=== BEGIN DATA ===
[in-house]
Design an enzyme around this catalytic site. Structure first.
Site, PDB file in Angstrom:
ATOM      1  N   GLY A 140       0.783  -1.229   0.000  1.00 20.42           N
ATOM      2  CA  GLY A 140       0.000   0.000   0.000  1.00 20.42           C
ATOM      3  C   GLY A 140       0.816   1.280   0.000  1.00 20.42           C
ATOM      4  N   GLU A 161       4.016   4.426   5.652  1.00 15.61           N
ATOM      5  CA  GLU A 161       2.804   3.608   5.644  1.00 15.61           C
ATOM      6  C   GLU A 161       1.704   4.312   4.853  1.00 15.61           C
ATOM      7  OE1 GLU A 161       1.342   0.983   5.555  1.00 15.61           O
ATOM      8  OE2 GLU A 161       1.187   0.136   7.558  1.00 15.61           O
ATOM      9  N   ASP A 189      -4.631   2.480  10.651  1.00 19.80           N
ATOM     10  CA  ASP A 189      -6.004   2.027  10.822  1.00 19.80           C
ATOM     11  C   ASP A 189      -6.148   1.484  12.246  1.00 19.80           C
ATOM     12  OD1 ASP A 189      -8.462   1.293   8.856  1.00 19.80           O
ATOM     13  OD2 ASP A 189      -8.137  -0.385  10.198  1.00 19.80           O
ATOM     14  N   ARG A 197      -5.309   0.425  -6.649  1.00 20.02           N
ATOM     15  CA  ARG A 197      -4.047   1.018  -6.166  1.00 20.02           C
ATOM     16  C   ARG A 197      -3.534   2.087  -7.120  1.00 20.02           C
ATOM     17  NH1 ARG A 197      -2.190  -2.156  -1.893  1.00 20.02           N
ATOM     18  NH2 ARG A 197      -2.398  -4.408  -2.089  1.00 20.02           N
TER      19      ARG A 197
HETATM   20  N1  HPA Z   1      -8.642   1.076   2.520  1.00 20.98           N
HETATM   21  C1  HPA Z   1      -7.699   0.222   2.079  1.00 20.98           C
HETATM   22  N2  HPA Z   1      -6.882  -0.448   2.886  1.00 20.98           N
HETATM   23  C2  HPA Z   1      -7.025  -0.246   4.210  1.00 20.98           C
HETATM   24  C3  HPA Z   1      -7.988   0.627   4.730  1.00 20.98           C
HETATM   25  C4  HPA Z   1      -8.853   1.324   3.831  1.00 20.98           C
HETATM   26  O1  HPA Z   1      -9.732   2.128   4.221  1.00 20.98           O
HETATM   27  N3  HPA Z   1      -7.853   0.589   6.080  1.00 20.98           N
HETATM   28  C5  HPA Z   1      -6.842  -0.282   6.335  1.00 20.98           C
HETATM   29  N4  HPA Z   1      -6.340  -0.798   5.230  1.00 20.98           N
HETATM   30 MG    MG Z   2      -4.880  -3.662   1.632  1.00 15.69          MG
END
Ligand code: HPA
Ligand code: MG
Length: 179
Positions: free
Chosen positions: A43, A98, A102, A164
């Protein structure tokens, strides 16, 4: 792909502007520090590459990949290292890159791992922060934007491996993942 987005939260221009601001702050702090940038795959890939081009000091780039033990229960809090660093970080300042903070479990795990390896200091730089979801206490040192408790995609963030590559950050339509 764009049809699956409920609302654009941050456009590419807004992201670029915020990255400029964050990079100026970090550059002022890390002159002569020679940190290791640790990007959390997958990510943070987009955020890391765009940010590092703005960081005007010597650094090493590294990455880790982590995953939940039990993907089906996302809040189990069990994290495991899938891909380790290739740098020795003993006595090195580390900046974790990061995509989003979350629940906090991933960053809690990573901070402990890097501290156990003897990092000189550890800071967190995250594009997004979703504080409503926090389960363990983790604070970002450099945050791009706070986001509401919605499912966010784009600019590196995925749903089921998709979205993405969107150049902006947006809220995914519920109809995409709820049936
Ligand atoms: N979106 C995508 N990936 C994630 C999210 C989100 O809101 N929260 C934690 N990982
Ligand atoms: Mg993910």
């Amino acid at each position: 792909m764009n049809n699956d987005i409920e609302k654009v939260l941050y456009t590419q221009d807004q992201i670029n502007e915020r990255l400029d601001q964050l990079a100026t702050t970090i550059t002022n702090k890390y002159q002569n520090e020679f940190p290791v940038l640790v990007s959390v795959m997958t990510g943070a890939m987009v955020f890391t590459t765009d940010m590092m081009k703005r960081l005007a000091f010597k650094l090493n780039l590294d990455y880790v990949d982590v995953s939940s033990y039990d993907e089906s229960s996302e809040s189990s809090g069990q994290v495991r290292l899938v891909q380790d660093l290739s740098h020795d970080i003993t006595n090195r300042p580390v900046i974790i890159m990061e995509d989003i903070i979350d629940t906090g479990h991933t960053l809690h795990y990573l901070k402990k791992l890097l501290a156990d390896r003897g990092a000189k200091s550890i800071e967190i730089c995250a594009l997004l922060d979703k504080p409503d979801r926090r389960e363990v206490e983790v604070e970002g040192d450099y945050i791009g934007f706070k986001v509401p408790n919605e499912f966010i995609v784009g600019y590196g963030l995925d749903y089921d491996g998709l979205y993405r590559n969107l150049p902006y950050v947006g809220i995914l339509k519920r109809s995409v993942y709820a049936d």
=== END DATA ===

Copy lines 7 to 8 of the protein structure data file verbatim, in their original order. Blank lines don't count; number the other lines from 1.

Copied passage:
ATOM      4  N   GLU A 161       4.016   4.426   5.652  1.00 15.61           N
ATOM      5  CA  GLU A 161       2.804   3.608   5.644  1.00 15.61           C